CLIENT II - FarmImpact 

Development of sustainable water and energy concepts on farms in South Africa 

Against the backdrop of the water scarce situation in the Western Cape of South Africa substantial water savings have to be realised also in irrigated agricultural and horticultural production in order to suplly sufficient drinking water to the population. Thus the motto must be „producing more with less water“. First pilot trials in the region by our group have shown that a substantial reduction of plant transpiration of up to 20 % in the irrigation season is realistically achievable by merely reducing the wind speed, which is a major driver of transpirational water losses. This was achieved by designing wind breaks in a spatially optimal manner. The FarmImpact project uses modern technology such as simulation based spatial wind field modelling, ecophysiologic measurements, drone and satellite based remote sensing and precision agriculture to determine the exact water needs of the crop in a spatial manner. This information is used to provide a spatially explicit plan for establishing wind breaks from trees which will reduce the transpiration of the crop. Part of the project is to test also indigenous tree species for their use as wind breaks instead of only relying on exotic species. The scrutinisation of the interaction of the crop with the windbreak trees is a focus of the FarmImpact project. The scientific results are used in a full economic cost-benefit analysis and integrated in a commercial software tool that enables consultants to apply our technology in a practical planning process in order to reduce water consumption substantially in irrigated production systems.

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The main project objective is to contribute to a water-smart agriculture, horticulture and viticulture in the dry environment of the Western Cape by developing a method to determine irrigation needs in agriculture, horticulture and viticulture exactly and to control irrigation optimally in order to reduce water consumption. This variable rate application is achieved by establishing wind breaks in a spatial optimum manner in order to reduce transpirational water losses of crops. The novel planning method is cast into a software tool for future application.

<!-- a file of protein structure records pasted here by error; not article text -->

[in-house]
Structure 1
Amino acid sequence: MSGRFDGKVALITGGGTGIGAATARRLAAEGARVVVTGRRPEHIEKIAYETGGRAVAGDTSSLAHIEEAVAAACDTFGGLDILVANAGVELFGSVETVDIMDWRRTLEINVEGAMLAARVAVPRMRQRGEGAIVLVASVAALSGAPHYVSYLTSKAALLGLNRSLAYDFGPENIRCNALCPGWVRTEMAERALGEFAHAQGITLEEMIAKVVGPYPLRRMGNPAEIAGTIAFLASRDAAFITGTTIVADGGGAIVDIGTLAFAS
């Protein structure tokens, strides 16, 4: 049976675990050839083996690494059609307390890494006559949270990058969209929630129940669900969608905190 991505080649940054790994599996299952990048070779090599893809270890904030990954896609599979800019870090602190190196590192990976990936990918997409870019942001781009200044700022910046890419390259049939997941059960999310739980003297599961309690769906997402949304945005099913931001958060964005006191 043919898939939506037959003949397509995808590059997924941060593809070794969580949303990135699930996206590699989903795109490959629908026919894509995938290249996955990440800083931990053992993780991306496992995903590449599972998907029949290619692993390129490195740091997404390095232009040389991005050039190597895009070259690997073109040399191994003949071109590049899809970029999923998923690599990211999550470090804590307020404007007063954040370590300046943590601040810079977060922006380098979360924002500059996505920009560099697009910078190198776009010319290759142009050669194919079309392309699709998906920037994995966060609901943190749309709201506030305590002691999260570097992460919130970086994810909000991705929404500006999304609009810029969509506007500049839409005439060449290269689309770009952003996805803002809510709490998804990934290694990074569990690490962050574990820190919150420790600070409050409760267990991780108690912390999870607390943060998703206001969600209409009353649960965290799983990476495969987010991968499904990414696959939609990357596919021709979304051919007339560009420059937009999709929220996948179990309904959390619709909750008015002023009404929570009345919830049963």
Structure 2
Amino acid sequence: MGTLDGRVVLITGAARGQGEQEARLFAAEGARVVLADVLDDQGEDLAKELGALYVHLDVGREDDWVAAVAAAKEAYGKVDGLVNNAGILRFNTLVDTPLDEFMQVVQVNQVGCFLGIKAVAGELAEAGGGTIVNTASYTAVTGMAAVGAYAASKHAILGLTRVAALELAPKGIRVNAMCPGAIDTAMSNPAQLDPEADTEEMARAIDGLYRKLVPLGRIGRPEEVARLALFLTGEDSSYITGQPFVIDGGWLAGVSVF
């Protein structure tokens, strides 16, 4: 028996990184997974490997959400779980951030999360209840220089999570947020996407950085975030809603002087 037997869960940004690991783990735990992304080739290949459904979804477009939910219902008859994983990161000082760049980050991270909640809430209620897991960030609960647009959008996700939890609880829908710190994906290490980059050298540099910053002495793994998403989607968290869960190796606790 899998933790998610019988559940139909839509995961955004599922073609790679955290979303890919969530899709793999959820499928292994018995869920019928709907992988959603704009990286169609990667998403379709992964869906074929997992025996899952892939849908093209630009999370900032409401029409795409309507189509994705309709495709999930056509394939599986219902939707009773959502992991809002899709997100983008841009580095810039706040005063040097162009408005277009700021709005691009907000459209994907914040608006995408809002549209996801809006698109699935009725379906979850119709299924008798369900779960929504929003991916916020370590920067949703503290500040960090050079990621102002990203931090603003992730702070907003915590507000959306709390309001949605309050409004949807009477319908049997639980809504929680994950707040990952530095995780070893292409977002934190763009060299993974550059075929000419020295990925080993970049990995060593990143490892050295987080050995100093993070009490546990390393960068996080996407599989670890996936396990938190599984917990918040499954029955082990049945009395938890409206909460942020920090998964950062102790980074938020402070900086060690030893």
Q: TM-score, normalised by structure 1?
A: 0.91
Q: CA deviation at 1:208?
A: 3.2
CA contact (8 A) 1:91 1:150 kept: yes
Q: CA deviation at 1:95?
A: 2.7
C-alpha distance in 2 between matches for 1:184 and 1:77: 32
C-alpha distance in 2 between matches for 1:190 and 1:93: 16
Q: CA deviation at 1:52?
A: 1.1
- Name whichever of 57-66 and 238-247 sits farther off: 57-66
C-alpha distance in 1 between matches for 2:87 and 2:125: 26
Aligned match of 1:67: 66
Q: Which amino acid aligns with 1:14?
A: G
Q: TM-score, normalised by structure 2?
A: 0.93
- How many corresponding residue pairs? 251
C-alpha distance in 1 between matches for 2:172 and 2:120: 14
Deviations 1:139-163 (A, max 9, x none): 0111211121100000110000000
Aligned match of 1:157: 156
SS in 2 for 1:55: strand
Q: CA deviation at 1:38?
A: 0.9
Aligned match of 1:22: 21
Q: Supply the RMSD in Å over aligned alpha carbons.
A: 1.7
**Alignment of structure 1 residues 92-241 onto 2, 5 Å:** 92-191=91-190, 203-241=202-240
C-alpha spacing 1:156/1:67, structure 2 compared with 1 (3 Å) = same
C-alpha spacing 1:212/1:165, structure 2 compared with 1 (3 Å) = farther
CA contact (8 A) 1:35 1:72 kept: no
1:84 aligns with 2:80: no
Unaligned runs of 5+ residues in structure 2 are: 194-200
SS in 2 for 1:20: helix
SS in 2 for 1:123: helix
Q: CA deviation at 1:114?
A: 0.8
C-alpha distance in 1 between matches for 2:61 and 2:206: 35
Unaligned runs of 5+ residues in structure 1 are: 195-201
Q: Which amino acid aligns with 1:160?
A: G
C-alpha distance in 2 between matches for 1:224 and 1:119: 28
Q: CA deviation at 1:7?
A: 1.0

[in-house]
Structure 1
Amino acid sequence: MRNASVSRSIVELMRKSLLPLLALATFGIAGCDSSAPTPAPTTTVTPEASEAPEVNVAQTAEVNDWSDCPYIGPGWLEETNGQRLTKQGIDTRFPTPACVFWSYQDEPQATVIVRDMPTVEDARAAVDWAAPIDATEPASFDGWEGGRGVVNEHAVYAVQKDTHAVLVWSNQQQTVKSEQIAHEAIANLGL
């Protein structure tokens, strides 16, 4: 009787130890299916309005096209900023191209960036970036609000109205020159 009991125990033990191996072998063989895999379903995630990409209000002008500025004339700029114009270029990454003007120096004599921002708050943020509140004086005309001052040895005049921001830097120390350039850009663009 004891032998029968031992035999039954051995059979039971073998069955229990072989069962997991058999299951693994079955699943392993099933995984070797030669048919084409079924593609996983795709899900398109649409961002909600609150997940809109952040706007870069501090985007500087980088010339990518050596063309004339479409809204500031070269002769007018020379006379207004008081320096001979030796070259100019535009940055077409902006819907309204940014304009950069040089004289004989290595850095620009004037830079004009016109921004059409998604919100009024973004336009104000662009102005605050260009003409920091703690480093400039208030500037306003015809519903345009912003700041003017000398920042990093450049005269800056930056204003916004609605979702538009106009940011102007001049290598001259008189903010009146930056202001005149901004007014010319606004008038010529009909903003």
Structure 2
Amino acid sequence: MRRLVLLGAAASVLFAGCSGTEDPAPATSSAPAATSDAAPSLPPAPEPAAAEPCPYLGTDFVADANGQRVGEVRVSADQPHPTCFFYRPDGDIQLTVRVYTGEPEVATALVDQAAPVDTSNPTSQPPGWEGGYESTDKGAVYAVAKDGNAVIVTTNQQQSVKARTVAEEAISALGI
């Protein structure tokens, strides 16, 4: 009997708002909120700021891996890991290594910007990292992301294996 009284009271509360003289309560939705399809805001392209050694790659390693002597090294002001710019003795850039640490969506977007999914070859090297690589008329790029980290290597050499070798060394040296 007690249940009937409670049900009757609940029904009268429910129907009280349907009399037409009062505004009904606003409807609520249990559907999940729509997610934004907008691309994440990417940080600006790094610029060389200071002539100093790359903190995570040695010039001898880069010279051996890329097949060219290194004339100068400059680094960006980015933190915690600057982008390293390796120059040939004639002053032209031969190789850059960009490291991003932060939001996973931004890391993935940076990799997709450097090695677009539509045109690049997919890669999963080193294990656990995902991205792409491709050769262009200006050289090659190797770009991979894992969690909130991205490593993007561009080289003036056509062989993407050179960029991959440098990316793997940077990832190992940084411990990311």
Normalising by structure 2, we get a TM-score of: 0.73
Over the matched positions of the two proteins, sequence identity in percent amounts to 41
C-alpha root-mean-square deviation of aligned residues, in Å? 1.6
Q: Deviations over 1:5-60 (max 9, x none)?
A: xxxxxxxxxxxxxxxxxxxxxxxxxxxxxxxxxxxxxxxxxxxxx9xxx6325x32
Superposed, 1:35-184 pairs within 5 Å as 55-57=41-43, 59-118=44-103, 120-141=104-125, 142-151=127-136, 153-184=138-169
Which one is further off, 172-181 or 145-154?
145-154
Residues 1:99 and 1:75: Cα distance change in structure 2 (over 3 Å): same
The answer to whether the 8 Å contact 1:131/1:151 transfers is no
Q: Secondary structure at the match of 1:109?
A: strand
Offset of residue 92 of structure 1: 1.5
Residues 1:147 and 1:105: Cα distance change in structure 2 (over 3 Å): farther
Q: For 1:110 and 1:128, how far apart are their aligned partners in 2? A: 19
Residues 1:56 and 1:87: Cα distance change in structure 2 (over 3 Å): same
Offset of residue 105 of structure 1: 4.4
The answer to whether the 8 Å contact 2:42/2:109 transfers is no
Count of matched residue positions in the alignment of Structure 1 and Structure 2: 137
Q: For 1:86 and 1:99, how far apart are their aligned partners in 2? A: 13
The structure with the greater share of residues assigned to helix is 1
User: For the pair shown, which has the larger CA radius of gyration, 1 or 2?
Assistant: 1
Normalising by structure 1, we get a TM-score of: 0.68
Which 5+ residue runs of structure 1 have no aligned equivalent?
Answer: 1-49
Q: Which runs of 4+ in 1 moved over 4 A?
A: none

The results of the FarmImpact project will help to produce grapes, fruits, and field crops with using a substantially reduced amount of irrigation water.  This means a smaller allocation of water to agricultural production and hence more water for drinking.  

Methodology and deliverables

Comprehensive microclimatic and ecohysiological measurements will be conducted on different field sites to calculate the water use of different crops depending from soil conditions, weather and irrigation regimes. A detailed database on crop performances and microclimate data will be integrated into a state-of-the-art crop modelling approach. Spatial variability of crop stress index and crop growth will be evaluated by microdrones (including NDVI and Infra-red data). Based on the field measurements and crop modelling results we will develop software-based calculation for in-time irrigation on a daily base. For the optimization of water use efficiency of crops and  farm level, we use modern wind field modelling approaches to improve the shelterbelt design. Economical and ecological  feassibility will be investigated to allow a sustainable transfer of the scientific absed results into application on farms in South Africa. Finally  an application tool (internet or smartphone app) will be developed to link the in-field measurements and the the irrigation intervals and amounts in real-time.  


-- 2020 --

-- 2019 --

  • Veste, M., Berger, T.,  du Toit, B., Kast, G., Littmann, T., Loetze, E., Priesack, E., Seifert, T.,  and the FarmImpact Team (2019)  FarmImpact - Development of Sustainable Water and Energy Solutions for Farms in South Africa. Abstract (ID 960) Tropentag, Kassel, 20. September 2019.
  • Veste, M., Littmann, T., Keunneke, A., Du Toit, B. (2019) Redesign agricultural landscapes towards climate-smart agriculture: integration of shelterbelts reduce evapotranspiration in vineyards in the Western Cape, South Africa. 49. Annual Meeting GfÖ, 09-13. September  2019, Münster, Germany. (Poster) Verhandlungen der Gesellschaft für Ökologie 49: 303.

Research partners

  • Helmholtz Zentrum München, Institut für Biochemische Pflanzenpathologie
  • University of Hohenheim, Chair of Land-Use Economics, Hans-Ruthenberg-Institute
  • CEBra - Centre for Energy Technology Brandenburg e.V. Cottbus 
  • Scientes Mondium UG (SME)
  • DLC - Dr. Littmann Consulting (SME)
  • Umweltanalytische Produkte GmbH (SME)
  • Stellenbosch University, South Africa
    • Department of Viticulture and Oenology 
    • Department of Forest and Wood Science 
    • Department of Agricultural Economics 
    • Department of Horticulture 
    • Centre for Geography and Environmental Sensing 
  • Backsberg Winefarm (SME) , 
  • Babylonstoren WInefarm (SME)

Associated research partners

  • Western Cape Government , Department of Agriculture
  • Winetech 
  • Water Research Commission 


  © Maik Veste 2017-2020 Last update: APRIL 2020